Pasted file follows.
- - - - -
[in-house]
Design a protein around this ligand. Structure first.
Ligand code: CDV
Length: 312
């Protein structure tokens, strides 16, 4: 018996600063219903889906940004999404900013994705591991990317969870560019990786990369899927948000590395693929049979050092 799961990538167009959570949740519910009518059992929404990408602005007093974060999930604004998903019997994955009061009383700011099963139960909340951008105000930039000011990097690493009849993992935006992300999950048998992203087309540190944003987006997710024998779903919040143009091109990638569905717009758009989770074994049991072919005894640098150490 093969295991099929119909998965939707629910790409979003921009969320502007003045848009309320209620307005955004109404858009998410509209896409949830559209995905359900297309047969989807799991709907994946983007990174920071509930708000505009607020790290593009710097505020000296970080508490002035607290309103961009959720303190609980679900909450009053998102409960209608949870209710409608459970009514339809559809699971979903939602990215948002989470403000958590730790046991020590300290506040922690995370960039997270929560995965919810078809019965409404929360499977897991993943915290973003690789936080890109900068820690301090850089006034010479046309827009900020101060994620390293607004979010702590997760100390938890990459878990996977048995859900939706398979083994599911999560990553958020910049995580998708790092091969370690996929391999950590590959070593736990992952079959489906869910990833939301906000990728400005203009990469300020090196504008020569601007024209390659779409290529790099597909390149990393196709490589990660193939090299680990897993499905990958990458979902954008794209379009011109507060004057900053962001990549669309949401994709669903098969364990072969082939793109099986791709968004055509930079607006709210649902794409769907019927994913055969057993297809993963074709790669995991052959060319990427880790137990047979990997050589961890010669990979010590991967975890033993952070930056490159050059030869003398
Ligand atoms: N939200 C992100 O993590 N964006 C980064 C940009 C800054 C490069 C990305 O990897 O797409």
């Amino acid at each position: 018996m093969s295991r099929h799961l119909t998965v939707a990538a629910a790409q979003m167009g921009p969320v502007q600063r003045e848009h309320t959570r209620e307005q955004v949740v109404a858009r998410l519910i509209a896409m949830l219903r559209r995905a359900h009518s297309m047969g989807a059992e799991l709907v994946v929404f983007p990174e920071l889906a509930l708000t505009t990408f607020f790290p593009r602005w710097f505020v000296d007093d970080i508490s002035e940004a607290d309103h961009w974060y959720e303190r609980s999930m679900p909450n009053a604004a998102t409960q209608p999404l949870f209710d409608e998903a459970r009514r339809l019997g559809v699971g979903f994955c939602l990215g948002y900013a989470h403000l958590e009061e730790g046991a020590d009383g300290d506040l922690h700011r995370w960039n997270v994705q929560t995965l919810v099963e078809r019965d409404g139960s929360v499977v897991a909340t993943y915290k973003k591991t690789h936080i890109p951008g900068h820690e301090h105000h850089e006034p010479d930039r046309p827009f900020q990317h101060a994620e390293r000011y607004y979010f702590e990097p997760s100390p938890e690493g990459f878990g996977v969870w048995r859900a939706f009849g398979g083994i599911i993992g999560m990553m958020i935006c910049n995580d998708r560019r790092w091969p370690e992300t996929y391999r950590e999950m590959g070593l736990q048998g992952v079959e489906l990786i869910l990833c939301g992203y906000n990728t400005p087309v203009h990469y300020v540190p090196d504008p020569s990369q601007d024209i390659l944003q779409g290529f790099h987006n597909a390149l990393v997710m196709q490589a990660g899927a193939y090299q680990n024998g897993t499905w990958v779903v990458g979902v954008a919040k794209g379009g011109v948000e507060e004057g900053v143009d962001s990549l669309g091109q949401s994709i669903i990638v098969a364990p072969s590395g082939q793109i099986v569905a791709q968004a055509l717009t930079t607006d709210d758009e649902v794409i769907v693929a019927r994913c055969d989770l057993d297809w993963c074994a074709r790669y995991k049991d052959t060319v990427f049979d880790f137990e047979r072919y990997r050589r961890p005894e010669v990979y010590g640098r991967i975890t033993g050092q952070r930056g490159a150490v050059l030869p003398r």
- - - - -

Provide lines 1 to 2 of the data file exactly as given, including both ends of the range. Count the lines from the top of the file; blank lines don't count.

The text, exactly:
[in-house]
Design a protein around this ligand. Structure first.